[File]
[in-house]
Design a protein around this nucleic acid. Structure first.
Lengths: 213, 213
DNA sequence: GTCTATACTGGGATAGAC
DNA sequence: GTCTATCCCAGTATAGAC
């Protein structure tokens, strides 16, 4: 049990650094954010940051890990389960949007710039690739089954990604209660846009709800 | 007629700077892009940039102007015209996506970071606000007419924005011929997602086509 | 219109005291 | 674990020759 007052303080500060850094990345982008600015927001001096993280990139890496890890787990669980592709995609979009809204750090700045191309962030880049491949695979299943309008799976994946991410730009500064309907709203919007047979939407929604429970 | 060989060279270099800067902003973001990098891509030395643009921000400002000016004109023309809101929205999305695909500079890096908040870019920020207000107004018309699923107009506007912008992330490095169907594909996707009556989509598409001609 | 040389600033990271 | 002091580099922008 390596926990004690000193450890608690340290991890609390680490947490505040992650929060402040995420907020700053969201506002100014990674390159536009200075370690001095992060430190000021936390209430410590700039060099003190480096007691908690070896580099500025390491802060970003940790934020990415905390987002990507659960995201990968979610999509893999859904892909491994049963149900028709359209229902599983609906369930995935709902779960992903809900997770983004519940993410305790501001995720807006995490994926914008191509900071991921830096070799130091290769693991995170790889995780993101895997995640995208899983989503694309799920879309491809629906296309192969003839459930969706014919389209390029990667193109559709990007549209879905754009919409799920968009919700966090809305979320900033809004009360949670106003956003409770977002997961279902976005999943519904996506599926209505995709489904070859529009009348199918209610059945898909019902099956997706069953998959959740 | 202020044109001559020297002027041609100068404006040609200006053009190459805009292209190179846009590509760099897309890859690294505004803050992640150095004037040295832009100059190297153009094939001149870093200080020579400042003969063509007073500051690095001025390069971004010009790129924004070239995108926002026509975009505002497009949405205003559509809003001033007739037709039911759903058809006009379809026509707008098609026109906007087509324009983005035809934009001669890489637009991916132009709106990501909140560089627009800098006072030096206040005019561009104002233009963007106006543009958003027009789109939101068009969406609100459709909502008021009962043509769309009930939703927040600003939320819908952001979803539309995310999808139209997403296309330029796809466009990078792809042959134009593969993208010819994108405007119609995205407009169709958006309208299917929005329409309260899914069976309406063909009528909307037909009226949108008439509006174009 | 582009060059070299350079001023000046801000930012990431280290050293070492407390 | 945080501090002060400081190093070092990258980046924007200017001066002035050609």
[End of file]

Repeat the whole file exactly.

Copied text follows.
[in-house]
Design a protein around this nucleic acid. Structure first.
Lengths: 213, 213
DNA sequence: GTCTATACTGGGATAGAC
DNA sequence: GTCTATCCCAGTATAGAC
């Protein structure tokens, strides 16, 4: 049990650094954010940051890990389960949007710039690739089954990604209660846009709800 | 007629700077892009940039102007015209996506970071606000007419924005011929997602086509 | 219109005291 | 674990020759 007052303080500060850094990345982008600015927001001096993280990139890496890890787990669980592709995609979009809204750090700045191309962030880049491949695979299943309008799976994946991410730009500064309907709203919007047979939407929604429970 | 060989060279270099800067902003973001990098891509030395643009921000400002000016004109023309809101929205999305695909500079890096908040870019920020207000107004018309699923107009506007912008992330490095169907594909996707009556989509598409001609 | 040389600033990271 | 002091580099922008 390596926990004690000193450890608690340290991890609390680490947490505040992650929060402040995420907020700053969201506002100014990674390159536009200075370690001095992060430190000021936390209430410590700039060099003190480096007691908690070896580099500025390491802060970003940790934020990415905390987002990507659960995201990968979610999509893999859904892909491994049963149900028709359209229902599983609906369930995935709902779960992903809900997770983004519940993410305790501001995720807006995490994926914008191509900071991921830096070799130091290769693991995170790889995780993101895997995640995208899983989503694309799920879309491809629906296309192969003839459930969706014919389209390029990667193109559709990007549209879905754009919409799920968009919700966090809305979320900033809004009360949670106003956003409770977002997961279902976005999943519904996506599926209505995709489904070859529009009348199918209610059945898909019902099956997706069953998959959740 | 202020044109001559020297002027041609100068404006040609200006053009190459805009292209190179846009590509760099897309890859690294505004803050992640150095004037040295832009100059190297153009094939001149870093200080020579400042003969063509007073500051690095001025390069971004010009790129924004070239995108926002026509975009505002497009949405205003559509809003001033007739037709039911759903058809006009379809026509707008098609026109906007087509324009983005035809934009001669890489637009991916132009709106990501909140560089627009800098006072030096206040005019561009104002233009963007106006543009958003027009789109939101068009969406609100459709909502008021009962043509769309009930939703927040600003939320819908952001979803539309995310999808139209997403296309330029796809466009990078792809042959134009593969993208010819994108405007119609995205407009169709958006309208299917929005329409309260899914069976309406063909009528909307037909009226949108008439509006174009 | 582009060059070299350079001023000046801000930012990431280290050293070492407390 | 945080501090002060400081190093070092990258980046924007200017001066002035050609």